Friday, 10 May 2013

Clive - The 'Other' 1923 FA Cup Final Horse

The 1923 FA Cup Final is remembered for many things; it was the first final at the all new Empire Stadium at Wembley, 900 people were injured due to the over-capacity crowd, Bolton's second goal was given as, in the opinion of the ref, the ball had crossed the line and rebounded off a spectator (yeah, suck that one up, Hawkeye!). Finally, there was a Horse named Billie.

Crowd estimates for the day ranged between 150-300,000, despite the official figure being just over 126,000. Due to the large number of people, mounted police had to step in and at that point, Billie the grey horse (yes, he wasn't white afterall) took centre stage, herding the masses in a manner which would now be referred to as 'bossing it'.

Due to the prominent role he played, the final became known as the White Horse Final and in 2005, the footbridge near the new Wembley would be named after him after a public vote.

It could all have been so different, however!

Also on duty that day was Clive. Clive, a black horse considered himself a bit of an also ran, often literally.

In the years before that infamous Cup Final, he had tried his hand at many things...Horse Racing (or 'racing' as it was known in the equine community), which he'd found rather tiring and repetitive, a summer stint on Blackpool's sea front and finally as a labourer, working a plough on the local farm.

But Clive dreamed of bigger things! He'd seen some early cowboy films and was convinced that was where his future lay...not with a man in chaps on his back, but in the movies! He got himself an agent, which was kind of hard to do, and landed a few walk on parts in countryside documentaries, but it was all small stuff. His agent told him to get exposure, so he landed a role as the face of a joke shop. He died a little every time he saw his gurning face alongside the inevitable 'long face' pun-based caption, but it was necessary he told himself...all to the greater good.

As with all jobbing actors, Clive had a secondary job to pay the bills and his chosen career was crowd control. It was easy money. Get suited and booted and just stand around...there was the occasional Geordie trying to land a punch, but he was the bigger man...literally. In early 1923, he spotted an ad in the 'Horse Bouncer' trade publication for qualified "crowd management executives" for an upcoming sporting event. The ad stated applicants must look good in front of a camera. Clive had heard about the new stadium being built in London and put 2 and 2 together. He galloped down to the big smoke and was immediately offered a job.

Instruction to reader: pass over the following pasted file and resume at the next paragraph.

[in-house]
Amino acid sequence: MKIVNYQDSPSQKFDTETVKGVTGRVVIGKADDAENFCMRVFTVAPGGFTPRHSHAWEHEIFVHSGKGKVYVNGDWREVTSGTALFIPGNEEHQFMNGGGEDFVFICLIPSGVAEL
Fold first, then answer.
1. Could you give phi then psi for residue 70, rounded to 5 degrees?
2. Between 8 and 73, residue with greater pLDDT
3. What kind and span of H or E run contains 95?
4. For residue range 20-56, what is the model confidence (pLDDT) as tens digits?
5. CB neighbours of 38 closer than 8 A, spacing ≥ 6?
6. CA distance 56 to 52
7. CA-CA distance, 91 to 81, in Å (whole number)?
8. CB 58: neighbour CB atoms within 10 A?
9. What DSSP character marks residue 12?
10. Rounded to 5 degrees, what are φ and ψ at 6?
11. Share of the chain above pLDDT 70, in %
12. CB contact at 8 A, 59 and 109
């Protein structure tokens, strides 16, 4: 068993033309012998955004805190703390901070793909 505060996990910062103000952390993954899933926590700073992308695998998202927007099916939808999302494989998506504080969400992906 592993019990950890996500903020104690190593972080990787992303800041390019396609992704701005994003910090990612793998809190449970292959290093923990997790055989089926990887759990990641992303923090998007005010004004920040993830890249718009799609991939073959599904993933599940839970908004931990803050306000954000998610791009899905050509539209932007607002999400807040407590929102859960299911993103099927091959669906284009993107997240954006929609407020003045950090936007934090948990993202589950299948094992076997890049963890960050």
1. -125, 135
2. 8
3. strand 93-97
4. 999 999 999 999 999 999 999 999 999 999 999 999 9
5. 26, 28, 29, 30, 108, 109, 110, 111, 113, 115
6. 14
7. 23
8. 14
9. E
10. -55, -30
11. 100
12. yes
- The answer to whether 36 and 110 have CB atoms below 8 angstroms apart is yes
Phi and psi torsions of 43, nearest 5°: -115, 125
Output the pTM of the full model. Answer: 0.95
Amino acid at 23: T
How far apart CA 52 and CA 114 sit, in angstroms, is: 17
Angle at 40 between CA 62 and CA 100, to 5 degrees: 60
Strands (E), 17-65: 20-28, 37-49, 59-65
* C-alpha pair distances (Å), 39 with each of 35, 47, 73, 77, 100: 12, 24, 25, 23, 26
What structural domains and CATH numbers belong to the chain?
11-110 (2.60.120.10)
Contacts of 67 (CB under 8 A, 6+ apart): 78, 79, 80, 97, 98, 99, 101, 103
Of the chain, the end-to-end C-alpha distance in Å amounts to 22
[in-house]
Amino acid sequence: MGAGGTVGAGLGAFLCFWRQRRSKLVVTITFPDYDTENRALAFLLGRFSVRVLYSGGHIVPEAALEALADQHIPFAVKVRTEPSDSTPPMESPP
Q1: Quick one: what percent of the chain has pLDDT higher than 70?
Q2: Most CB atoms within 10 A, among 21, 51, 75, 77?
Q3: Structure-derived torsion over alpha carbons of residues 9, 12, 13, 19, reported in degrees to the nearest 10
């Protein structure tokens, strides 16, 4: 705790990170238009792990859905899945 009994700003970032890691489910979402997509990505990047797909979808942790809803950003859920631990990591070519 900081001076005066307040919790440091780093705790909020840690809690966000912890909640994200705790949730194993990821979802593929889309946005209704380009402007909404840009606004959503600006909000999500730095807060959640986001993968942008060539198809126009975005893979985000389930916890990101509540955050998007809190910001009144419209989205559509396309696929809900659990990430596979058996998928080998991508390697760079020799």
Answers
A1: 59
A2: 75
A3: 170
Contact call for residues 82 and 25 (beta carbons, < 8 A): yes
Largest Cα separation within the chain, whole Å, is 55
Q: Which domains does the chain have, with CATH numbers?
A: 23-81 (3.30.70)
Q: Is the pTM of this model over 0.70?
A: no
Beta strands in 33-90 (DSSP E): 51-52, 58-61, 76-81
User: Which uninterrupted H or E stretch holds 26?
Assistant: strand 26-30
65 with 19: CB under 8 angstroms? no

The big day arrived and Clive rocked up to Wembley with high hopes. He was going to be on the news reels! Then his first disappointment landed. He'd been assigned the deputy role; the lead being taken by some poncey grey bloke called Billie, which is a girl's name, Clive muttered under his strangely fresh & minty breath.

Clive at Wembley in 1923...apparently...
Once out on the field, it was clear this was going to be a large task, but Clive knew he was up to it...and what's more, he'd already seen the film cameras. Unfortunately, so had Billie and, abusing his rank, constantly ordered Clive off to other parts of the ground, whenever they were pointed his way.

At the end of the day, a tired and dejected Clive clopped off home, downbeat, but satisfied he'd done a good day's work. When he finally got to see the newsreels, his downheartedness turned into rage. Not one single piece of film had him in it! Instead, Billie the Bastard was there in every shot and not only that, but the cameras of the day also made his coat look a gleaming white! Then the final blow: "The White Horse Final".
Clive whinnied loudly, realising his one shot had come and gone.

Days after the final he went for an audition for a Lloyds Bank commercial. As ever, he got down to the last two applicants, but blew it when he failed the Polo-resistance test - the director conducted the sessions with an open pack of Polos on his desk...sadly, Clive had a reallly sweet tooth and just loved fresh, minty breath.
Sadly, his lack of self control, and a large hospital bill from the director, who lost a finger when he tried to wrestle the holey mints from Clive's salivating jaws, meant he was blacklisted in the industry.

Sure, he got occasional offers from 'filmmakers', but these always followed the same seedy path and Clive had his morals.

And so it was he saw out the remainder of the year back in Blackpool, posing for occasional photos in kiss-me-quick hats and giving rides to bored children...but even this was to be short lived...stumbling one day while giving a particularly wriggly child a ride, he snapped his ankle.

I wish I could provide a happy end to this entirely fictional story, but alas, Clive's days had come to an end...a rather sticky one...


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